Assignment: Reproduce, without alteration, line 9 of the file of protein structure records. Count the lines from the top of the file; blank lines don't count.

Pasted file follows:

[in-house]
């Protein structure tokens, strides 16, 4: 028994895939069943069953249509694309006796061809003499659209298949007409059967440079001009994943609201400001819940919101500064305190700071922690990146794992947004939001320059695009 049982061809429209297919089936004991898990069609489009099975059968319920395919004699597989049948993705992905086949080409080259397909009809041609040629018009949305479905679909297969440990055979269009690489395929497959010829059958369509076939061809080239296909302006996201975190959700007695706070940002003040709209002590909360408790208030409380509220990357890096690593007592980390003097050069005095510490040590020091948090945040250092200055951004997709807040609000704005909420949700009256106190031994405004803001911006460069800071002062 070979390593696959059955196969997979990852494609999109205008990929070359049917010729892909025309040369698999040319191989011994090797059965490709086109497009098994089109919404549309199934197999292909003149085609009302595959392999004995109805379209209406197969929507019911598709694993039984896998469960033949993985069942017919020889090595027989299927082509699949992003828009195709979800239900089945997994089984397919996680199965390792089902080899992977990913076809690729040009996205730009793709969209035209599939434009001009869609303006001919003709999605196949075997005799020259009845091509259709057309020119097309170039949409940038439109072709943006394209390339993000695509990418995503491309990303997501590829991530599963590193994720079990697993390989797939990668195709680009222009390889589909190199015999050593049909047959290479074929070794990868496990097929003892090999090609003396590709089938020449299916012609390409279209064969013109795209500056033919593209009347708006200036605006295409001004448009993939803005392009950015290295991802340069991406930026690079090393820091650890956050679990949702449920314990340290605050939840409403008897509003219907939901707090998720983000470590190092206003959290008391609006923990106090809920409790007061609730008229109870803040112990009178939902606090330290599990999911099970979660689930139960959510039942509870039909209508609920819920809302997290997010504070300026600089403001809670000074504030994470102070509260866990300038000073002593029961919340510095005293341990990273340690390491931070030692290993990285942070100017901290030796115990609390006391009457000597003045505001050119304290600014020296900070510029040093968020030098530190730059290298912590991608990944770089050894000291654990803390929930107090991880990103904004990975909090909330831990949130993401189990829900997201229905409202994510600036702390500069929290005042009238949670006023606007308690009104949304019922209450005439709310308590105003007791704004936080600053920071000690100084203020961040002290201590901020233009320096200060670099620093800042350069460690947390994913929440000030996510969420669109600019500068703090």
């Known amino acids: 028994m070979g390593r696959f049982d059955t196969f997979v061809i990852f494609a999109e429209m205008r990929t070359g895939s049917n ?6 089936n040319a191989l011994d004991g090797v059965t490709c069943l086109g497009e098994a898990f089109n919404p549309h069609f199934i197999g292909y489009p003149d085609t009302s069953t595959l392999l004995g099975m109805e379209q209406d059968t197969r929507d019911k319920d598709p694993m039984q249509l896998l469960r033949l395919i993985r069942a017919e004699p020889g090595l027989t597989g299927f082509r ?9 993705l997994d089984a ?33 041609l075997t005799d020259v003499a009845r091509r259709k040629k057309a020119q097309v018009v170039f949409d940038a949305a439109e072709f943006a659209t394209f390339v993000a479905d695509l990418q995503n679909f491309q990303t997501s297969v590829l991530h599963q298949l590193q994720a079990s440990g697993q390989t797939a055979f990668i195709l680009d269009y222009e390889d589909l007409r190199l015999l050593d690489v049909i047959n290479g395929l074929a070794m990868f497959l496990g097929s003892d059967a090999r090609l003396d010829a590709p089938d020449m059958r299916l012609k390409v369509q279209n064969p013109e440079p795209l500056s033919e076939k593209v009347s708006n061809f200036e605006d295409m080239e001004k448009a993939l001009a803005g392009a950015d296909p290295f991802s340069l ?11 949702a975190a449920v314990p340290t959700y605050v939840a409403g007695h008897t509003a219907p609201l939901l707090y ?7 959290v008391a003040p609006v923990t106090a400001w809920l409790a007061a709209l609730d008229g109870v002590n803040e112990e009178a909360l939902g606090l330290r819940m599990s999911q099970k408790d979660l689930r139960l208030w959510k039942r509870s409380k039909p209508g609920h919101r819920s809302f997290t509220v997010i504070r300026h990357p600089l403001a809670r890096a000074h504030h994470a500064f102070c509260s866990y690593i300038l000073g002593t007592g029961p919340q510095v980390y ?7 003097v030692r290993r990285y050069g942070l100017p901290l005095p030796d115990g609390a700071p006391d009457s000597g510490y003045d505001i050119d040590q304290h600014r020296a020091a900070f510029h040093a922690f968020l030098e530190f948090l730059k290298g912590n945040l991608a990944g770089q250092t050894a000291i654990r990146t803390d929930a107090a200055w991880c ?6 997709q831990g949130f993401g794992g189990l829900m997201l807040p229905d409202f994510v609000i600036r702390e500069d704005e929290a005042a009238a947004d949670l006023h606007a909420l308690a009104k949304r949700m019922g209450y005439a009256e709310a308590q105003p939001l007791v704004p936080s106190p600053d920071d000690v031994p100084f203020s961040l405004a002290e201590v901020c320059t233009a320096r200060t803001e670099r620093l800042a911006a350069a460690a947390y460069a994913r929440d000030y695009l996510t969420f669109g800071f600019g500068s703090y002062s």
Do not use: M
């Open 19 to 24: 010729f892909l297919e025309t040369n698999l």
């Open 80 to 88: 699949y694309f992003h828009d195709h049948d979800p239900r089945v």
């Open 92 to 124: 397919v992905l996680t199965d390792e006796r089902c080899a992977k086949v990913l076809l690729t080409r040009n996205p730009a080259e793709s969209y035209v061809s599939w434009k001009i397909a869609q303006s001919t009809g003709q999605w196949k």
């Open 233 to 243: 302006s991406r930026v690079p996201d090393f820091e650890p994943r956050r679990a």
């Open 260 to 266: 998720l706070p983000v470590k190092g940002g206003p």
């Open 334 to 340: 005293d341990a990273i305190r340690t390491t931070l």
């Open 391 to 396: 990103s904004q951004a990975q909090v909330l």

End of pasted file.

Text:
């Open 260 to 266: 998720l706070p983000v470590k190092g940002g206003p």